Does my dog know what I’m thinking? It always fascinates me to ponder the possibilities of communication between animals and humans. That’s just one reason why I found “We are all completely beside ourselves” by Karen Joy Fowler so mesmerizing.
When we meet eighteen year old Rosemary, she’s a college student drifting through life. Rosemary meets bad girl Harlow, and it forces her to confront events in her past. It’s only part way through the book that we discover Rosemary’s dad was a famous psychologist, and Rosemary’s twin sister was a chimpanzee named Fern. They were raised together as an experiment, along with older brother Lowell, and it profoundly affects all their lives, in ways none of them could have expected.
This book raises a whole host of unsettling and provocative issues, told in Rosemary’s words. The story is by turns funny, poignant and totally readable, and I really cared about the characters in this book. It's one of those stories that you find yourself thinking about later at random moments- it stays with you.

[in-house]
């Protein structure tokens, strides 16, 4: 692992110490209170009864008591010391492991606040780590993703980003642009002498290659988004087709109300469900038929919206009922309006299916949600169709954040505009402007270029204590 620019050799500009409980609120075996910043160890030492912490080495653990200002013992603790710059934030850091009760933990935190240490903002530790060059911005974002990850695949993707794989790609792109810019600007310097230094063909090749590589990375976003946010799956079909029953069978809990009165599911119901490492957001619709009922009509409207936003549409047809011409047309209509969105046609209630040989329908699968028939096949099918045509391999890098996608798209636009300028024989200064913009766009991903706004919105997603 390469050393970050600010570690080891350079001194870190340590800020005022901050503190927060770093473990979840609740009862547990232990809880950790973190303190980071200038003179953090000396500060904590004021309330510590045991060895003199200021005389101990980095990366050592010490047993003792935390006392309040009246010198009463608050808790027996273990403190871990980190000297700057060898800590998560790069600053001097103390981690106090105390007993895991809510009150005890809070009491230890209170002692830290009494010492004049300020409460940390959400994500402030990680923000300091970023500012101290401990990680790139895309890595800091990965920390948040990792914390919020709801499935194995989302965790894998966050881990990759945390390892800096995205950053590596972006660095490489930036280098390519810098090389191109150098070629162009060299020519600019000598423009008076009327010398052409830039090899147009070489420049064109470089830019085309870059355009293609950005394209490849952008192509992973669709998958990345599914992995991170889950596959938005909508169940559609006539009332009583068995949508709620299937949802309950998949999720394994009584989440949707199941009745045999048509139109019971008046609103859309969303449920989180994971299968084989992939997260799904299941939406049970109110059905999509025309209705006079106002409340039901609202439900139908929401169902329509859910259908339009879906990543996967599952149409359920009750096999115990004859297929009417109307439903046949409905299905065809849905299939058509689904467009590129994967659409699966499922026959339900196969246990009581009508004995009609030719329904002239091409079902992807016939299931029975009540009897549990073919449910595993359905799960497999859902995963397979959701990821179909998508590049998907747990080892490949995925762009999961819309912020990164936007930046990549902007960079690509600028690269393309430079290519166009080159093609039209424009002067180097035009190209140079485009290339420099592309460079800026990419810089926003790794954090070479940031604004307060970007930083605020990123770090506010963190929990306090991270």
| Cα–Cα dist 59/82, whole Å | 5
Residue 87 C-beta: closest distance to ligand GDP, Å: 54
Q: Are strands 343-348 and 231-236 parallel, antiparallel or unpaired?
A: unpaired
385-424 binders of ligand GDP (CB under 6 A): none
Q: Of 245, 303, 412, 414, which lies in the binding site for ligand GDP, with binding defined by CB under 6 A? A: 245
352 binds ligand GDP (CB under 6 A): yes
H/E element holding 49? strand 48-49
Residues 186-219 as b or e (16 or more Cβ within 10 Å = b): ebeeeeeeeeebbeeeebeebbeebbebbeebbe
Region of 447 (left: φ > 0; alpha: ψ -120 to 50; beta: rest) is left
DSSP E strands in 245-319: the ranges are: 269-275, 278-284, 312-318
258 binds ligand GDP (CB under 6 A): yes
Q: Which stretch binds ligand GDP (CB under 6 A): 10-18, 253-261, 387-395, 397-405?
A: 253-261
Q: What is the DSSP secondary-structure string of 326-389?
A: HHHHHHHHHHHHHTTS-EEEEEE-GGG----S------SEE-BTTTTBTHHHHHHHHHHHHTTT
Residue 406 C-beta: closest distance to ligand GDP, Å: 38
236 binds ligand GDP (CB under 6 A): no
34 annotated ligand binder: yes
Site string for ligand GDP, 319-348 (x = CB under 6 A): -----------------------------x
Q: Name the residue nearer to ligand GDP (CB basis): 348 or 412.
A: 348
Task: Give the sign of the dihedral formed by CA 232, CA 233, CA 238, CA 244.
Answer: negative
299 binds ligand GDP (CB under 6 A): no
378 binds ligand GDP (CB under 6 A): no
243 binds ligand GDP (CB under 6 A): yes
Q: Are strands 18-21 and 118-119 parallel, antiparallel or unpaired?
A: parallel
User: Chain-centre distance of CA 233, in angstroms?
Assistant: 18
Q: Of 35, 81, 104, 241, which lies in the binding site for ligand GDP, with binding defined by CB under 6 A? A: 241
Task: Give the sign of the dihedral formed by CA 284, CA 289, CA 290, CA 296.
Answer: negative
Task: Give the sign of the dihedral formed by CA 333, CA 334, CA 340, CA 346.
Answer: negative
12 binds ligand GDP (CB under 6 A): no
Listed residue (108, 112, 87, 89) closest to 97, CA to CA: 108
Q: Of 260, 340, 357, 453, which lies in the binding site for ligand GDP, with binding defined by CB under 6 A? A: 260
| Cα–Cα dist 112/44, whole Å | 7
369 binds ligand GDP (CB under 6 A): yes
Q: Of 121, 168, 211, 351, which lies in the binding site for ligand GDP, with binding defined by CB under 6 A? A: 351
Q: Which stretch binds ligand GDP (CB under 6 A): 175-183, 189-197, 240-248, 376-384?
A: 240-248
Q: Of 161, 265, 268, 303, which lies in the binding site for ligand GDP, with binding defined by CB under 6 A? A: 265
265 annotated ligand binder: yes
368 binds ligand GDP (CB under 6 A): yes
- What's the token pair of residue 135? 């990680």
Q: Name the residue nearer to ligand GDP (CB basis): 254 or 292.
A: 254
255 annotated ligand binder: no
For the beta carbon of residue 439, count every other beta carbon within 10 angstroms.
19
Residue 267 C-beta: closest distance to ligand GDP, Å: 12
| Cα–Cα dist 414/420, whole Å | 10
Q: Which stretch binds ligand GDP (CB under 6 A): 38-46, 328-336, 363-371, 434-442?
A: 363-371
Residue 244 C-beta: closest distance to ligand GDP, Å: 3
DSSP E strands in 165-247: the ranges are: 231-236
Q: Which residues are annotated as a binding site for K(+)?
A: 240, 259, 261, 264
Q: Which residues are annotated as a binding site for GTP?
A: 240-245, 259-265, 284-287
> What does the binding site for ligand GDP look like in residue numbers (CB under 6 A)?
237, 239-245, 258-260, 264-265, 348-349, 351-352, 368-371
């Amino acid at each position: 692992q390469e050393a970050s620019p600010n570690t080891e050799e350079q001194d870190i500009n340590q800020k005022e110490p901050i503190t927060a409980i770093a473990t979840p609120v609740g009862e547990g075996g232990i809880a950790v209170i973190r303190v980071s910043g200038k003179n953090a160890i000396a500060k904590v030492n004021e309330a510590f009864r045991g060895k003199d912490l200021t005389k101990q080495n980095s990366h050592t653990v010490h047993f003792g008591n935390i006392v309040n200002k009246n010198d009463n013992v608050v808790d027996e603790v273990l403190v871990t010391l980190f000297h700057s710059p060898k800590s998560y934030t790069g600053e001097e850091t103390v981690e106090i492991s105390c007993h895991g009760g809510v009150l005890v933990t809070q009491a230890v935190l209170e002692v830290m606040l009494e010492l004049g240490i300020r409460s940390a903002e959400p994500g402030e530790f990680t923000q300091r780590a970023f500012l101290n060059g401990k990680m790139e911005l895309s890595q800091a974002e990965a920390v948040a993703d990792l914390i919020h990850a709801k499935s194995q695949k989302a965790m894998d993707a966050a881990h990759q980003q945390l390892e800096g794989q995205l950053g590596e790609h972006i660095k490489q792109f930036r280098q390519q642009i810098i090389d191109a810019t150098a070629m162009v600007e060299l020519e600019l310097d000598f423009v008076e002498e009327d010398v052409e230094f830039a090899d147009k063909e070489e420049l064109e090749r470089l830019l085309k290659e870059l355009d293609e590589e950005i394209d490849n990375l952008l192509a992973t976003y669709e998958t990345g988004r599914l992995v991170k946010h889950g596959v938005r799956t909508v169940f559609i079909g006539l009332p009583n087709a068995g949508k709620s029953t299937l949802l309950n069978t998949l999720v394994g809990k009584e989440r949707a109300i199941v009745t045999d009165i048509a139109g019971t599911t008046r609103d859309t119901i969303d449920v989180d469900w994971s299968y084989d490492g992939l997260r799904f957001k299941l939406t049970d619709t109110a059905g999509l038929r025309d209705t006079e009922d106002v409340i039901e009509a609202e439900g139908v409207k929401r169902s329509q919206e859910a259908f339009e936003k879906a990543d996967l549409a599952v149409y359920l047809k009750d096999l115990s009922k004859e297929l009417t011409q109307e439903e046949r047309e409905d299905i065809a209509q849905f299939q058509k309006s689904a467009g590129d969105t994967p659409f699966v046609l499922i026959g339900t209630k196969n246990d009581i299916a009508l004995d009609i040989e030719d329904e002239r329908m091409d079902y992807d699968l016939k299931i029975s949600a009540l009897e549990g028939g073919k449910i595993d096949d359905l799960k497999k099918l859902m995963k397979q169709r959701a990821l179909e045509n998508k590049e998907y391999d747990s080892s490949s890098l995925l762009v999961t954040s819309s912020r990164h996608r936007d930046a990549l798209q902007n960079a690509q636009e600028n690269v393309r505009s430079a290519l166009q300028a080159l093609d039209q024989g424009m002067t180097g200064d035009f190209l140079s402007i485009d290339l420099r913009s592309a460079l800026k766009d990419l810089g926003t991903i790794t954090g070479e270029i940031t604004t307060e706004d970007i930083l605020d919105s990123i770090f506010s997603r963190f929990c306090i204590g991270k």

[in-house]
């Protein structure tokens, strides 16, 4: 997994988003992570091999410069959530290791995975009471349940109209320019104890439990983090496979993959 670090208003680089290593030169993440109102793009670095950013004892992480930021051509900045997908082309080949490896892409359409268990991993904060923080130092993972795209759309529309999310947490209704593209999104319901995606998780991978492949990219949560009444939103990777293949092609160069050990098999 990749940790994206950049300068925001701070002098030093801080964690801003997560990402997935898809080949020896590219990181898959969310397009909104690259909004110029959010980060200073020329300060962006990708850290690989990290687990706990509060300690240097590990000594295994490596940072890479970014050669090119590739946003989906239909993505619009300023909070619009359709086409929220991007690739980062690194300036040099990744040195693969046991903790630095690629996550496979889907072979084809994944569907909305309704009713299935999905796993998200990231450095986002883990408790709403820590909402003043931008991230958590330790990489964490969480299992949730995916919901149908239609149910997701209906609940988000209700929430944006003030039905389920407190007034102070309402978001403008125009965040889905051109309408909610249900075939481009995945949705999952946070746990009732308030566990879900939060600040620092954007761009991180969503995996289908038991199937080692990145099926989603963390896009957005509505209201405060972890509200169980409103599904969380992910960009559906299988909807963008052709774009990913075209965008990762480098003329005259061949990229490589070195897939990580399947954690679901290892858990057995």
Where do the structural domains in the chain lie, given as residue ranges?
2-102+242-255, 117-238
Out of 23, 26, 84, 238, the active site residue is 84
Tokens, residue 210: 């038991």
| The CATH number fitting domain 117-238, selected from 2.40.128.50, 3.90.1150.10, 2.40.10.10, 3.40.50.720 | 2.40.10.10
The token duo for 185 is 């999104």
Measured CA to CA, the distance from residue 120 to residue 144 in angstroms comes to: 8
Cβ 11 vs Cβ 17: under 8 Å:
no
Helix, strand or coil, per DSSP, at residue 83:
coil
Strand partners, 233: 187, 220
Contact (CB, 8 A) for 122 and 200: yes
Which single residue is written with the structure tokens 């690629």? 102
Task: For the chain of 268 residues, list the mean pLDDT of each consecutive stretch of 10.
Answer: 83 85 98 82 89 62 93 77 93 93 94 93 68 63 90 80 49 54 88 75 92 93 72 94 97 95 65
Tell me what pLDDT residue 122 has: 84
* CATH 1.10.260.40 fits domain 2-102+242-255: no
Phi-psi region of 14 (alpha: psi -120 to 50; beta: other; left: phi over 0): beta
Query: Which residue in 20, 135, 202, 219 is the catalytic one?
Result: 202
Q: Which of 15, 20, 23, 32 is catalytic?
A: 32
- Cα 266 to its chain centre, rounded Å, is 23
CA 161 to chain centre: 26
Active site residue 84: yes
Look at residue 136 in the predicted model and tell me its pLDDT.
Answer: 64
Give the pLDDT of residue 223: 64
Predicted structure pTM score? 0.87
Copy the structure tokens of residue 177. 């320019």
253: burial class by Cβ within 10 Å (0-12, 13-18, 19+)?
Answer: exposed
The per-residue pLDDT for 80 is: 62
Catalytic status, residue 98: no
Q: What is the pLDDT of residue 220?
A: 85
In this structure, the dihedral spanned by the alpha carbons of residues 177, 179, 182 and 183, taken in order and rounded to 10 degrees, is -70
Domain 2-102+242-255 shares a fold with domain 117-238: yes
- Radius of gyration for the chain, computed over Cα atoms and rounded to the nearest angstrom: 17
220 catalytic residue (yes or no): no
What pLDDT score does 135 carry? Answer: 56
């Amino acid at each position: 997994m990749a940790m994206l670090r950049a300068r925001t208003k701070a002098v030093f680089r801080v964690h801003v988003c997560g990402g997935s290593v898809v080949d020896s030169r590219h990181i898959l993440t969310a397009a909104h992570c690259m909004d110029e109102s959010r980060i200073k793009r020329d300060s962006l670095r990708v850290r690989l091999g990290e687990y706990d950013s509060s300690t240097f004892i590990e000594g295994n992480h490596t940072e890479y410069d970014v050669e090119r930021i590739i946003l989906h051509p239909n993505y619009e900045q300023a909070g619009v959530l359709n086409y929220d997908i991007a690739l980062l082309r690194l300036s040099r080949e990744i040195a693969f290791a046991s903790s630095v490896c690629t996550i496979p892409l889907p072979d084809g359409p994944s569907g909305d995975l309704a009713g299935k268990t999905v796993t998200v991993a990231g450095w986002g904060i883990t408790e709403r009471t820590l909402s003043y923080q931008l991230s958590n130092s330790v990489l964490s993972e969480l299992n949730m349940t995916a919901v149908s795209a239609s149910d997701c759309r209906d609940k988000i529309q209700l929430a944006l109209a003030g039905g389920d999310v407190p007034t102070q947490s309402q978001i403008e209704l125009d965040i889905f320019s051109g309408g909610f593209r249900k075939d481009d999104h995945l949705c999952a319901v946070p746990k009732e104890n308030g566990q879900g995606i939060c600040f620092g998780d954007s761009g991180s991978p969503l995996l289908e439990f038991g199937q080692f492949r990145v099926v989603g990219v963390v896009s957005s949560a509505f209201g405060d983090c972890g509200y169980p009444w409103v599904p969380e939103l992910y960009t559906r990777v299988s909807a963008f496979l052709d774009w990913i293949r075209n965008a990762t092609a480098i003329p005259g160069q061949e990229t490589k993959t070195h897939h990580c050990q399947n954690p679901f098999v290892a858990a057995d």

We are all completely beside ourselves
I love the way Eoin Colfer writes. I was hooked on his book “Benny and Omar” then I got hooked on the Artemis Fowl series. I just finished his book “The Wish List” and am still happy with his brand of writing. In The Wish List Meg and Belch are robbing an old man. Meg is reluctant and basically a good girl but Belch is rotten. When the old man pulls a shotgun Belch sic’s Raptor, his Rottweiler on the old man. Meg tries to help out, Belch is not happy. Meg jumps out the window and Belch follows her. Belch has the shotgun and in the ensuing struggle it goes off and a gas generator explodes killing Meg, Belch and Raptor. Now the twist, up until then it was a regular story but Eoin Colfer does not write just regular stories. Meg finds herself given a second chance. St. Peter gives her a chance to redeem herself and he sends her back to earth to help the old man. Belch has merged with his dog Raptor and the Devil has sent back him back to make sure Meg fails so he could get her soul. It makes an entertaining read.
The Wish List